Home Economics We Don't Need A Wealth Tax To Pay For The Coronavirus

We Don’t Need A Wealth Tax To Pay For The Coronavirus



The claim is being made that there should be a wealth tax to pay the expenses of the coronavirus. This is not so and it’s not so for the obvious reason that we’re not paying for the coronavirus through taxation, we’re doing so through creating new money. That’s what QE is and that also what Modern Monetary Theory is, neither of which say we should tax wealth as a result.

But still there are those insisting we should have such a tax:

Labour has called for the government to introduce a wealth tax if the economy fails to recover because “those with the broadest shoulders should be making more of a contribution”.

Anneliese Dodds, the shadow chancellor, said it was fair that the “very best-off people” should help to pay for the cost of the coronavirus crisis if the economic recovery stalled.

As a first pass of course the claim is idiocy. If there isn’t a recovery then increasing tax is the very last thing we’d want to do in the first place. And if there is a recovery then we’ve not got to have a new tax to pay for something that has already happened.

It’s also true that using the MMT – of monetisation of fiscal policy to give the old name, route doesn’t imply higher taxes either. Once the recovery has happened then we reduce the money supply to stave off the incipient inflation. The most obvious way to do this is to sell the QE bonds back into the market.

Certain MMT people say they don’t want to do this, instead they would tax to take that money out of the economy. But taxing the rich would be the wrong way to do that. As is well known the rich save some portion of their incomes and the poor spend it all. We need to suck money out to prevent inflation – we must obviously tax the poor then as it’s that consumption, not saving, which is creating the inflation.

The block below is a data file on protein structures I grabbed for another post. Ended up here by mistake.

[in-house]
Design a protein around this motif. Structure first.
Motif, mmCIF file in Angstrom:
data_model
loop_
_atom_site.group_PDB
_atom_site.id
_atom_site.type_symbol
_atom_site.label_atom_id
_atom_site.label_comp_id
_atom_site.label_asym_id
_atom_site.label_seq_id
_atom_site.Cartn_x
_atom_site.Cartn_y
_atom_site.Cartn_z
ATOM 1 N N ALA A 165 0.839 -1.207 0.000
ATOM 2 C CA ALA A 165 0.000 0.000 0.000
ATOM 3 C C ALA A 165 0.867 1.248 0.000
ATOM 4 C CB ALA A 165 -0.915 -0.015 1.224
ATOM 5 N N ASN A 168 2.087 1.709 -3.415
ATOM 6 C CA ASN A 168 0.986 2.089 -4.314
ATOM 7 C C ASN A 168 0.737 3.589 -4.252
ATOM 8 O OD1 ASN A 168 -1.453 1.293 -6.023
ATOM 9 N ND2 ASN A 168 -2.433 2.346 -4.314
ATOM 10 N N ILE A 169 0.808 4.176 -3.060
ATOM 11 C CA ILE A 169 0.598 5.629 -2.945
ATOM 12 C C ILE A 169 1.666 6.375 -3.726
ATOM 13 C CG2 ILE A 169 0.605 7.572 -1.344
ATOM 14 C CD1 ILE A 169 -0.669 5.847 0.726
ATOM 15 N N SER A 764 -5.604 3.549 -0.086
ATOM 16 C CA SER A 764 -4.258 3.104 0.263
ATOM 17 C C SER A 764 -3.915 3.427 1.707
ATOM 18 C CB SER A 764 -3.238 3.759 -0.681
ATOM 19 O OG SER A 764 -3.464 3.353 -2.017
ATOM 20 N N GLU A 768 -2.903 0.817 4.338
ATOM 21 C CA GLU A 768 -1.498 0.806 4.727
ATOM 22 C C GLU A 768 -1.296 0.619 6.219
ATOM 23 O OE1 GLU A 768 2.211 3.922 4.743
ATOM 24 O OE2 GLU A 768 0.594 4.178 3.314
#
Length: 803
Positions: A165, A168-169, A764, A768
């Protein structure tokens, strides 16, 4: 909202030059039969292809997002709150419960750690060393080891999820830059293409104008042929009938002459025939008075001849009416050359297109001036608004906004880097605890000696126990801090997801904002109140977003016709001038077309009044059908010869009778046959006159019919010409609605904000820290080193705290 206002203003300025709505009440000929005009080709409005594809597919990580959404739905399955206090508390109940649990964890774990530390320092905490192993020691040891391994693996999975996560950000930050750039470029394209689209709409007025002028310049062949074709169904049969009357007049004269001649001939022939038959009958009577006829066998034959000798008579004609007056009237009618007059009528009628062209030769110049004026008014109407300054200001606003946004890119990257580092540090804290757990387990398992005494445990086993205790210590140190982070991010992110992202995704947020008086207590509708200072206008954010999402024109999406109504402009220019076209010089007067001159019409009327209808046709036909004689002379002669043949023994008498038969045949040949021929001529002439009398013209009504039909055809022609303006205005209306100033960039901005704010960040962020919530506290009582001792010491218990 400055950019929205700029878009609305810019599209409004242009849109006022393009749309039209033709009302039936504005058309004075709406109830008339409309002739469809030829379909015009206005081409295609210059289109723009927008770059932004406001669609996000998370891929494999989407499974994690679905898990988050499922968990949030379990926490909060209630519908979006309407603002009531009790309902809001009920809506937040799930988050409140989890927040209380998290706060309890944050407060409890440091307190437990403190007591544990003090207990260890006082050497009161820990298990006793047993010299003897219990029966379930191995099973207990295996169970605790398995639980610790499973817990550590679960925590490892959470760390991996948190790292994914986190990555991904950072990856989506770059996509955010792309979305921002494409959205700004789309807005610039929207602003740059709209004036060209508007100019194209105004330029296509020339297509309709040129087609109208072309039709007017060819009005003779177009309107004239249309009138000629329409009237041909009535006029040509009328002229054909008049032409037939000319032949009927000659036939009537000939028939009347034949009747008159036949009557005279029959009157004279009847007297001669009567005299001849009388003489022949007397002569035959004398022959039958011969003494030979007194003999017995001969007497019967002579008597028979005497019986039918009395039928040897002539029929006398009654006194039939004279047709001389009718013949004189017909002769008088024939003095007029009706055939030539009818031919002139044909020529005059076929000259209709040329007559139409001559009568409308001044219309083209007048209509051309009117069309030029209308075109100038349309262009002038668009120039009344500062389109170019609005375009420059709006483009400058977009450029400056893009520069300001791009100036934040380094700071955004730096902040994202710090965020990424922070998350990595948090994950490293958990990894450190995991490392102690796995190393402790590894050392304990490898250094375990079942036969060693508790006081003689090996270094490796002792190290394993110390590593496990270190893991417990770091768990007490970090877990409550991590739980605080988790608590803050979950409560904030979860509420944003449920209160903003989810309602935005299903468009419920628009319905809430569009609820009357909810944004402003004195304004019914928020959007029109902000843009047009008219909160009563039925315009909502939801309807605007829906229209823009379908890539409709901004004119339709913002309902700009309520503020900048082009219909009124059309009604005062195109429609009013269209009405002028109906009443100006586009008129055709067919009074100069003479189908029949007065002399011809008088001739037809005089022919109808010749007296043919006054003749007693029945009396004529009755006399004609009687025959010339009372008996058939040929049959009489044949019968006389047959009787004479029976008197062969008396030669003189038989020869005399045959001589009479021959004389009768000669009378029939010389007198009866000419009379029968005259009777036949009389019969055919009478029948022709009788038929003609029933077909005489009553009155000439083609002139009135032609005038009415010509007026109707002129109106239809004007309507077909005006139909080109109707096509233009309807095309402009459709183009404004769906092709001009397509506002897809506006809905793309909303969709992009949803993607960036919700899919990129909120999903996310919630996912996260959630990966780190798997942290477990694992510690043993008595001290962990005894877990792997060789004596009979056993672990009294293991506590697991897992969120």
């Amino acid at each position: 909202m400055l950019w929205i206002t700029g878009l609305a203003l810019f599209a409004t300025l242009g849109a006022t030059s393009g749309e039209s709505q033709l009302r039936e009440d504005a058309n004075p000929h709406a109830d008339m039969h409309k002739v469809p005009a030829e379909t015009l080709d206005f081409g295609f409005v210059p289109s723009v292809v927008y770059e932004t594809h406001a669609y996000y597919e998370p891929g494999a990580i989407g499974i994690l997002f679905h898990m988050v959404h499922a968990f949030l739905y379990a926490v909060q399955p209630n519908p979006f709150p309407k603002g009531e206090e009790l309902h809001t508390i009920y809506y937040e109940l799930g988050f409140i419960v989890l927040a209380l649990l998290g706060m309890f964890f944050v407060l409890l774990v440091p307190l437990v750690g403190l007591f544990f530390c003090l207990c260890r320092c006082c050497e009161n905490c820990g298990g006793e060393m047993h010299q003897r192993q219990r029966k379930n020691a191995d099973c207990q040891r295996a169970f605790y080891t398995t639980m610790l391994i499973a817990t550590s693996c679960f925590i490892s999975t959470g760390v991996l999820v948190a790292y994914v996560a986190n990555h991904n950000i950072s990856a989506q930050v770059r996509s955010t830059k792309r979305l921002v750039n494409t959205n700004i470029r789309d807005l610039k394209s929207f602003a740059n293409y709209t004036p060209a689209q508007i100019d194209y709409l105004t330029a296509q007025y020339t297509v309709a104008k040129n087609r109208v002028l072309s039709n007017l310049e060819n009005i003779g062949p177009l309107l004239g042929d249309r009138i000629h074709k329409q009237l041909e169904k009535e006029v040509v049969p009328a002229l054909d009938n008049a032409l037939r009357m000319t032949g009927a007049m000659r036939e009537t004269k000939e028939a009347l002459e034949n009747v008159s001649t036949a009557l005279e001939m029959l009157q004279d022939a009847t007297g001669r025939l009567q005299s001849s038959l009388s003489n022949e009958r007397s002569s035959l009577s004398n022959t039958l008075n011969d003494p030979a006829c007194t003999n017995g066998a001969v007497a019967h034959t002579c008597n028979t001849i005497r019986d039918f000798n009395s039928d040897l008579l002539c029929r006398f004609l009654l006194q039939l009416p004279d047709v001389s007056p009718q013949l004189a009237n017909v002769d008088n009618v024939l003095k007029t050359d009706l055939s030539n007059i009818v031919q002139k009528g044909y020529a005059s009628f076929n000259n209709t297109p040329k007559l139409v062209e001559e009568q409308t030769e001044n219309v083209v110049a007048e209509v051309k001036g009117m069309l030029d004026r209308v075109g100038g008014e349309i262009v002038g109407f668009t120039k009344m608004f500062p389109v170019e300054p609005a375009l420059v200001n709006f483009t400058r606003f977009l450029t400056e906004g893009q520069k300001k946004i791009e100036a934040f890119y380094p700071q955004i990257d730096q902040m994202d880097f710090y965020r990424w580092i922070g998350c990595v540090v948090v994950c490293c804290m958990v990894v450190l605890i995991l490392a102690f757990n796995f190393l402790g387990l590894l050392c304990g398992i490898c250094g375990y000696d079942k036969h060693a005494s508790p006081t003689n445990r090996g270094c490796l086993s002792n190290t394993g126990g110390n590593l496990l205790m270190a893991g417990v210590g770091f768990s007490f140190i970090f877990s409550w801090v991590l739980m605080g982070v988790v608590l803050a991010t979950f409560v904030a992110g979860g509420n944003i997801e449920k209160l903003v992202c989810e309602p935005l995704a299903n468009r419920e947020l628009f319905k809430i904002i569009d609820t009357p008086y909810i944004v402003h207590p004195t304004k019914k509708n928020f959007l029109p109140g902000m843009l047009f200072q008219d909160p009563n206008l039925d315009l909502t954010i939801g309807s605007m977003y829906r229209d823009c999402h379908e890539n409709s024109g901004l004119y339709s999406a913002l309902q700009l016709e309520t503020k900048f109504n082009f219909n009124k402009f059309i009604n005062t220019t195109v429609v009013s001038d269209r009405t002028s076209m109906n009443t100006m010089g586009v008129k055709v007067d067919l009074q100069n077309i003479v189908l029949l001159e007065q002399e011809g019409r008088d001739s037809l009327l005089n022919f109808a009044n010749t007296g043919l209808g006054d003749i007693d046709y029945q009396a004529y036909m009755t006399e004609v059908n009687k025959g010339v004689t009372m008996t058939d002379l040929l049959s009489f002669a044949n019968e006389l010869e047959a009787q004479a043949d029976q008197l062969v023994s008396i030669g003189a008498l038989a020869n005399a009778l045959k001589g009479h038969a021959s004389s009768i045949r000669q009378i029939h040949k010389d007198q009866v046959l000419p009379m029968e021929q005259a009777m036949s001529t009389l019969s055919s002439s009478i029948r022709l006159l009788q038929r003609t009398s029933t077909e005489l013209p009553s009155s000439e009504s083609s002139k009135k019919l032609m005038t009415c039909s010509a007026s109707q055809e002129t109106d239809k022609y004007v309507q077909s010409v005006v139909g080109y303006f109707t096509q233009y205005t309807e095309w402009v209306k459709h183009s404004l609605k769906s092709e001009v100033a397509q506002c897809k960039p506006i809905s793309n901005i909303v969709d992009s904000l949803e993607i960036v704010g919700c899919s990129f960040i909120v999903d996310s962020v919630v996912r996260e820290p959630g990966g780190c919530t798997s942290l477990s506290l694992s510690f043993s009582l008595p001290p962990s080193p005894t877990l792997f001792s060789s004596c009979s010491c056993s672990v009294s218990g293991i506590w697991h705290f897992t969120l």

So there’s no actual link between a wealth tax and paying for the coronavirus. So, why’s it being suggested?

Because standard economic theory says – shouts – that we shouldn’t tax wealth. We like people investing because that is what makes the future richer. We get less of what we tax so tax successful investments and we’ll get less investment. The future will be poorer, that’s a bad thing. Optimal taxation theory actually says that wealth – and the income from it – shouldn’t be taxed at all. So, the people proposing a wealth tax are running against that standard tax theory.

Not because they disagree with the theory, not in the sense that they say “Aha! There’s the fault!” but in the sense that they don’t like the prescription that arises from the theory. Thus they ignore it and ever try to find some excuse why the rest of us should.

There is no good reason to have a wealth tax to pay for the coronavirus. What is being essayed, the idea being floated, is that the coronavirus might be a good excuse to institute what we shouldn’t have, a wealth tax.

The correct response to this is that it’s not a sufficient excuse however much some drool at the joy of being able to tax the plutocrats.



  1. A wealth tax fails on the first two criteria for a tax – being able to define how much should be pid by each individual and ability to pay.
    So demonstrates the stupidity or duplicity of Anneliese Dodds (I think stupidity because she thought growth, rather than inflation, eroded the value of debt).
    However it is inevitable the bill will have to be paid by those with wealth and.or incomes – because no-one else can pay it.

  2. The intention is not to raise cash. The intention is to punish. In reality of course it’s just plain confiscation and what a pity there aren’t tumbrils and guillotines any more.

    • @ Michael van der Riet
      As someone who has worked hard for fifty years I am rather glad they don’t have tumbrlls and a guillotine as people like me would be a target for those who wanted an excuse to steal our savings.


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expunct (ɪkˈspʌŋkt)
VERB (transitive)
1. to delete or erase; blot out; obliterate
2. to wipe out or destroy

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